We grew up here. Right in this complex. There was a sign out front that said Gravity Gardens but I guess they changed that when the new management took over. Now it’s Longleaf Commune, LLC.
Jeremiah Pettit used to live in that yellow house there. He was always loading up his truck to go fishing, coming back with coolers full of something or other. In the summer, he’d invite the whole complex over and grill some for us. A few times he gave Robbie and me a couple of dollars to find worms for him to use as bait. We’d dig around in the dirt and fill a little plastic cup right up to the lid and he’d give us 2 or 3 dollars. We were never really worried about the money. You know when you’re young, half the fun of anything is being covered in dirt when you get home anyway.
Look there on the corner. There’s our old house. We used to watch the sun set from the porch in the summer. Dad would bring us popsicles and we’d sit on the white lawn chairs. They’re gone now, but they were white. I remember that. And we’d come back inside with purple faces and purple hands and silly grins. We were so happy we didn’t even complain when it was time for bed.
I used to pretend I was Superman and jump off that picnic table out back with my arms spread wide. I always came back down, though. Once Robbie tried to jump, but he was smaller and he twisted his ankle. He screamed and cried. My mom didn’t even ask any questions when she came into the yard. She picked up Robbie in one arm, took my cape off, and guided me by my shoulder back into the house. I couldn’t play outside for a week and I never got my cape back.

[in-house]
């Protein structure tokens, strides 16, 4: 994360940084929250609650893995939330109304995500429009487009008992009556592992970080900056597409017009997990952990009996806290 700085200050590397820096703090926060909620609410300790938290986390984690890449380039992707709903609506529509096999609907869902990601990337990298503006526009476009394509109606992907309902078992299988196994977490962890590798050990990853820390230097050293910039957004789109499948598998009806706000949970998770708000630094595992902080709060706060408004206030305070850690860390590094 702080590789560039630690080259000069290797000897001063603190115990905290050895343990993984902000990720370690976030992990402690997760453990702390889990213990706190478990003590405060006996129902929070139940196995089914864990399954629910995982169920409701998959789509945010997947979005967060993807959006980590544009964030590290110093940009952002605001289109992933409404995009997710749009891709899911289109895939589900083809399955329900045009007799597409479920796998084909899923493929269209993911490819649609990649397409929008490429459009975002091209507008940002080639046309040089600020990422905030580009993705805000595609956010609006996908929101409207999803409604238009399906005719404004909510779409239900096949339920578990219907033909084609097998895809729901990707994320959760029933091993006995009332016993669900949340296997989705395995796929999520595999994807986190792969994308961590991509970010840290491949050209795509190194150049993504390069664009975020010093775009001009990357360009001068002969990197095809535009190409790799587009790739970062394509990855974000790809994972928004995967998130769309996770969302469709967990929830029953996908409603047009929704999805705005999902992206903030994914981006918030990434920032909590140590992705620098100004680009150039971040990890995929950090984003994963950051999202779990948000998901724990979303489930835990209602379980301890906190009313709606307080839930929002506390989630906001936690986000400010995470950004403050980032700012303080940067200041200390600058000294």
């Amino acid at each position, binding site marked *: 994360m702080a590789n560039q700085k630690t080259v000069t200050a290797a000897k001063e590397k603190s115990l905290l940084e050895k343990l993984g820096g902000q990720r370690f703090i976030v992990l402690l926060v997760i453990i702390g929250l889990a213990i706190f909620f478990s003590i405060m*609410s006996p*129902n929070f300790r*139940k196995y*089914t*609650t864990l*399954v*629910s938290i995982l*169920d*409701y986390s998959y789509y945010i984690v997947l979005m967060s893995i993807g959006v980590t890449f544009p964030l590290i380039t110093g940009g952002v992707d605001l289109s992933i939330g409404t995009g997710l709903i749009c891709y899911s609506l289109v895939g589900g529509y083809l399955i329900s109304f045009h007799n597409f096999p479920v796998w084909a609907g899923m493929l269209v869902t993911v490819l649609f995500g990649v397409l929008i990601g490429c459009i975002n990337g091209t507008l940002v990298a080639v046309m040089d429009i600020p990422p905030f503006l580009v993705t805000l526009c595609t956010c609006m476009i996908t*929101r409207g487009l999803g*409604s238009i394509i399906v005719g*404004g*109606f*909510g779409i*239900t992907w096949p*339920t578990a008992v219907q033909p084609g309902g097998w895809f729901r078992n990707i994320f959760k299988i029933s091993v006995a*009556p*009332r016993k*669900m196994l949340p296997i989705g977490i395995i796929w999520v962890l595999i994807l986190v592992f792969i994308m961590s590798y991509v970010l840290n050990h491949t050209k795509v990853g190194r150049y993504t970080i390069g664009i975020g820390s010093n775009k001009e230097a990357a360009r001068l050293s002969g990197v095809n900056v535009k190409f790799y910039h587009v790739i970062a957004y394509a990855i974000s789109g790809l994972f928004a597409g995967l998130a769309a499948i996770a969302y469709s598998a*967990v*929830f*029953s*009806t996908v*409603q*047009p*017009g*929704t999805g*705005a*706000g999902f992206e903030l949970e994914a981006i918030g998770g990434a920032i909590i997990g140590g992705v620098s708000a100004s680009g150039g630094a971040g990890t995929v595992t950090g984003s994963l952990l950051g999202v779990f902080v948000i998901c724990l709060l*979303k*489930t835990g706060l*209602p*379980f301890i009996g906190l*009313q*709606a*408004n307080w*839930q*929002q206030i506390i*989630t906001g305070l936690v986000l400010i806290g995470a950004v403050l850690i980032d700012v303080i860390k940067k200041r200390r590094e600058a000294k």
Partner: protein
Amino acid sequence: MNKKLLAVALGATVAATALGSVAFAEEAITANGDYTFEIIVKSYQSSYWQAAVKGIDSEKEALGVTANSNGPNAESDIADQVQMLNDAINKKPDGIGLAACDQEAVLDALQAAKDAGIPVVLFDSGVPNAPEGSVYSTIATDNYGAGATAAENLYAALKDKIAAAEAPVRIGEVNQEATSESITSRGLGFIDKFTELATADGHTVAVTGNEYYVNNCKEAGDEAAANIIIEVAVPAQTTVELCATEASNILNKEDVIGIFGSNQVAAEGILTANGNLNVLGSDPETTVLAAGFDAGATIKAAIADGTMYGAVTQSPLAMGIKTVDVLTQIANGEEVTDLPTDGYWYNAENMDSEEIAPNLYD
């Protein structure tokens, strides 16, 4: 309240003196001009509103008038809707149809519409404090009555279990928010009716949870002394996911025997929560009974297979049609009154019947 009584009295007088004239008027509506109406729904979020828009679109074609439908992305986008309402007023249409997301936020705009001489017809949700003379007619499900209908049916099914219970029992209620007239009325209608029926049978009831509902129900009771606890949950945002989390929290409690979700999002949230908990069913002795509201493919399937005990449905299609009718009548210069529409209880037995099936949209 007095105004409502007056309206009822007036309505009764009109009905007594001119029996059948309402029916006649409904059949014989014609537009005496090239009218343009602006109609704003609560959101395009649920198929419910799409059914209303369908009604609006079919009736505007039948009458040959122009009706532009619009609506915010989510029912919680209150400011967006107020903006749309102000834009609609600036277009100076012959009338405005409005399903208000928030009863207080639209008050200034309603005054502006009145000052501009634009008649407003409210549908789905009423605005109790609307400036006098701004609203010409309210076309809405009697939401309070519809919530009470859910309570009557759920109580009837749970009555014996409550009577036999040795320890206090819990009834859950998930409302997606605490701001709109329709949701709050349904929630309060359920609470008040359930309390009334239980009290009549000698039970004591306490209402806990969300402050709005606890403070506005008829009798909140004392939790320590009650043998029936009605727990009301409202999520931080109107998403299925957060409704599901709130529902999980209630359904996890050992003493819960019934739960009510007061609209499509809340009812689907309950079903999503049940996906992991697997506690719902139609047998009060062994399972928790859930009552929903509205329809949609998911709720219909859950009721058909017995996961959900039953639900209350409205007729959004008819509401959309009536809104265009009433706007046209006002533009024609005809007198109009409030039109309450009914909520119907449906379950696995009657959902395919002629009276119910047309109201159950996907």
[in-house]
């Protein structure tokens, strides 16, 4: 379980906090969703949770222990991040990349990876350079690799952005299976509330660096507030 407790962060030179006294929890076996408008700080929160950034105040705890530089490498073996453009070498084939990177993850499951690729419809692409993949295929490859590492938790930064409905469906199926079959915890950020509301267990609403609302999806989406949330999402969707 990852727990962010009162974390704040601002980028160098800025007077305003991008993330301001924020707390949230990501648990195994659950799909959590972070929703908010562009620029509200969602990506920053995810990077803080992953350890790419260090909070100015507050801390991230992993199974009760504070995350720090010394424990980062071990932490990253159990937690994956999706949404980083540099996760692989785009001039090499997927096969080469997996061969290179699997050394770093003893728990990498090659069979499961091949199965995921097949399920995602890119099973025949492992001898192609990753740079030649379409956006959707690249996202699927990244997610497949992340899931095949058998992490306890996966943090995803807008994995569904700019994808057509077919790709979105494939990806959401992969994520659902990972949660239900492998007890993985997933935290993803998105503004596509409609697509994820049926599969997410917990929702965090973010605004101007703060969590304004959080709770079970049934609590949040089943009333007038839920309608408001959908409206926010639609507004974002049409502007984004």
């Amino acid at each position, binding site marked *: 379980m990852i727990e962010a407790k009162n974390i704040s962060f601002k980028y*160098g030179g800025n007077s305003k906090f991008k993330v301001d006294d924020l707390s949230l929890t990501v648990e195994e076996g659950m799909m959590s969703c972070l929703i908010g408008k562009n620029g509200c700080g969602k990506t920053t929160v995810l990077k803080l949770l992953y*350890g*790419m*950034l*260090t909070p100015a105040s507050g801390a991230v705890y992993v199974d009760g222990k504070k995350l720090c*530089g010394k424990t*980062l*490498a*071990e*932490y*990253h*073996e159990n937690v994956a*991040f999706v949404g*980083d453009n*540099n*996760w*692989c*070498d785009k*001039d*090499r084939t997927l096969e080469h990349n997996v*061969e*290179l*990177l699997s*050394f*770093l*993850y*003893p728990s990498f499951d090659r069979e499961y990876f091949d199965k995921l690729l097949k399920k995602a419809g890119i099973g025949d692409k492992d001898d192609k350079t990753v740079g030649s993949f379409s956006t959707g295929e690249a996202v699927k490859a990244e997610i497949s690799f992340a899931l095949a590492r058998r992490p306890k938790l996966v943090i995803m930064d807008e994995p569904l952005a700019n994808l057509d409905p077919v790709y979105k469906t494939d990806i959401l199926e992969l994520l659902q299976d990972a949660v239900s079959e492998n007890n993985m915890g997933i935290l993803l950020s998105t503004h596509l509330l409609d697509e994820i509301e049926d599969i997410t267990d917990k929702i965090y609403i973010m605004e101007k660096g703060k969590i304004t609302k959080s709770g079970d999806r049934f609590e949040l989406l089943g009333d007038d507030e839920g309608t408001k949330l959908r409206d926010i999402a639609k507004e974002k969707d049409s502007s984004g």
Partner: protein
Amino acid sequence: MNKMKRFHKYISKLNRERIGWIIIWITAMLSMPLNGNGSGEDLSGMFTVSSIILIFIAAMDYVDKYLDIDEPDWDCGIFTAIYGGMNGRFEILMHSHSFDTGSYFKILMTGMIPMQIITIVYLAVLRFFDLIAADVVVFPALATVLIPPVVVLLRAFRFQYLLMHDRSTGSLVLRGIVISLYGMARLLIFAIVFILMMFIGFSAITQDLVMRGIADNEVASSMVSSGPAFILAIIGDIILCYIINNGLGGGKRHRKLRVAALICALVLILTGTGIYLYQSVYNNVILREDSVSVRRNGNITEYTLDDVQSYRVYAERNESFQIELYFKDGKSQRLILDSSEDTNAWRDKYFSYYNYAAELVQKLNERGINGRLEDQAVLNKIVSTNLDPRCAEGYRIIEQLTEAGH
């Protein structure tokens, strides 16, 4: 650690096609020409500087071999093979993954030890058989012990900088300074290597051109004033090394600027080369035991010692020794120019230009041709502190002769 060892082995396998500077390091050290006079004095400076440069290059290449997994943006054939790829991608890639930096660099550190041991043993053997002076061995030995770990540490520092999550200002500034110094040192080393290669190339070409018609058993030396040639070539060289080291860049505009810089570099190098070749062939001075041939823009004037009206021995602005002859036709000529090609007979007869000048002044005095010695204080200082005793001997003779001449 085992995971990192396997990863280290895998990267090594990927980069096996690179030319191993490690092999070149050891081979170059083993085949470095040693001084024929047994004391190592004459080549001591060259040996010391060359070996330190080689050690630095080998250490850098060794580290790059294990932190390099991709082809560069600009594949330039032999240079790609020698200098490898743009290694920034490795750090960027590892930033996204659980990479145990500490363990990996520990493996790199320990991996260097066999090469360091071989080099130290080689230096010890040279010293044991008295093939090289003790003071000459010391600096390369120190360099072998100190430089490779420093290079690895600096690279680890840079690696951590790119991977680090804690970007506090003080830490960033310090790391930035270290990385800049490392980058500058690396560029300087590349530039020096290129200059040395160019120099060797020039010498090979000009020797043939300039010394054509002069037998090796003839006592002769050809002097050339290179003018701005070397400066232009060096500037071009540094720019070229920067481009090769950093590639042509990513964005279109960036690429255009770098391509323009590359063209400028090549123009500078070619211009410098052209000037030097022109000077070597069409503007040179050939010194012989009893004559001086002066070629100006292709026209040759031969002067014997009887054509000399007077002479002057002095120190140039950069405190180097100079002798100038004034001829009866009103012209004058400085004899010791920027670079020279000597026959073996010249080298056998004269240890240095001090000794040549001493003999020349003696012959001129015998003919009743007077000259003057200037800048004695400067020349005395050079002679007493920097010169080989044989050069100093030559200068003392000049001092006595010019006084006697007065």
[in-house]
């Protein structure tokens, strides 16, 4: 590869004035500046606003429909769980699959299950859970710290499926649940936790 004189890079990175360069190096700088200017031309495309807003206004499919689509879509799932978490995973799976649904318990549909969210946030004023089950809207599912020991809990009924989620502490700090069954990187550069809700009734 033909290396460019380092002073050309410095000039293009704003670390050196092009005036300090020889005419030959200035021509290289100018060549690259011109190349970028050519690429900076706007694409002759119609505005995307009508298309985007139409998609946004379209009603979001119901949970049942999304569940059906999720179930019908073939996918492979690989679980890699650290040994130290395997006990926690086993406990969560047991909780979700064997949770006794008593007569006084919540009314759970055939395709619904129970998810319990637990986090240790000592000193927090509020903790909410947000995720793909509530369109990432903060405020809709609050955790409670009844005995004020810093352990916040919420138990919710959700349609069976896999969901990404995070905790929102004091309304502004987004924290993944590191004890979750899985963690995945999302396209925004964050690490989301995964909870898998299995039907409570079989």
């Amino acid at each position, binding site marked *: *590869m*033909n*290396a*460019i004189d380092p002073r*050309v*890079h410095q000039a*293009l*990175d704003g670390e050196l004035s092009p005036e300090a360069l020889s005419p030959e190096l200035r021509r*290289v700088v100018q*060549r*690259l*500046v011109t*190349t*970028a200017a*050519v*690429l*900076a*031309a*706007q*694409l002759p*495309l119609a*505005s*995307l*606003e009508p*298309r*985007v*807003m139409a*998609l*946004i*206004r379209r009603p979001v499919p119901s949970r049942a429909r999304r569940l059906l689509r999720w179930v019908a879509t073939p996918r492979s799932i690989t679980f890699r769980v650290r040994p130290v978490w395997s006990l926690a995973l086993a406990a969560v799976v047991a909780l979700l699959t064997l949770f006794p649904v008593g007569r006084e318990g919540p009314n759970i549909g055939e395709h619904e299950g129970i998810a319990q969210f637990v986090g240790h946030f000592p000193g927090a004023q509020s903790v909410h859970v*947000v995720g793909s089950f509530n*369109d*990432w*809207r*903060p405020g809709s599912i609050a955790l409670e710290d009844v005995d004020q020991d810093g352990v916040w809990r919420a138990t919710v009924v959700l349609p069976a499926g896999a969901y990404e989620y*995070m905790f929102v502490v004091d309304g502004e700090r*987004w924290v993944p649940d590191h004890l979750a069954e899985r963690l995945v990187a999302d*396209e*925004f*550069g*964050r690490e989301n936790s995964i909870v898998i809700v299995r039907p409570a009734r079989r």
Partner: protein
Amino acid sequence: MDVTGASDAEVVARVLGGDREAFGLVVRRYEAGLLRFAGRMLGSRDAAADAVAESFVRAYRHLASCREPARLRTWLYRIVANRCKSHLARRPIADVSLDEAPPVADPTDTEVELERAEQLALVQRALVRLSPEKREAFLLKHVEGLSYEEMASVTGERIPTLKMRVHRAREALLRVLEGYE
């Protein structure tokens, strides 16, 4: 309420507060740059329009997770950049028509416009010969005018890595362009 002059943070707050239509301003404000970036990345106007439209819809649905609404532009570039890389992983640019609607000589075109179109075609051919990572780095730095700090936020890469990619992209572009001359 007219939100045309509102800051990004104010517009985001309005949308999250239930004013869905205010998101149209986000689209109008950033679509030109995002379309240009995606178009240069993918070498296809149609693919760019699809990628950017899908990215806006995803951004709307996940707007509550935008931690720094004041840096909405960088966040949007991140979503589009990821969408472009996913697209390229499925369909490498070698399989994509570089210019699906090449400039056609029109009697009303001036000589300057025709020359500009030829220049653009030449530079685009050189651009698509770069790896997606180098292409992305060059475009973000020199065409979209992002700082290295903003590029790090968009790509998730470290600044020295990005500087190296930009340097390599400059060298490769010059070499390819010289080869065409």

And here! Here’s the pond where I showed Robbie how to steer that remote-controlled hovercraft. Mom bought it for us for our birthdays the year Dad left. Our birthdays are actually three months apart, but Mom always bought us one gift that we had to share and she’d give it to us on alternating birthdays. I remember that year it was really cold for April and she didn’t want us out by the pond. We begged and begged and I realize now that it was probably because Robbie looks so much like Dad that she finally said yes. We all put our coats on and walked down to the water together. I remember Robbie wanted us to take his hands and swing him high up in the air like Mom and Dad used to do, but I wasn’t big enough.
The next year, when Robbie died, Dad came back for the funeral. He picked me up and hugged me. He whispered an apology before he put me back down. I didn’t know what to say to him and I couldn’t look at his face so I looked at his shoes. I put my foot next to his. I thought about what I would do when I was finally big enough to swing Robbie.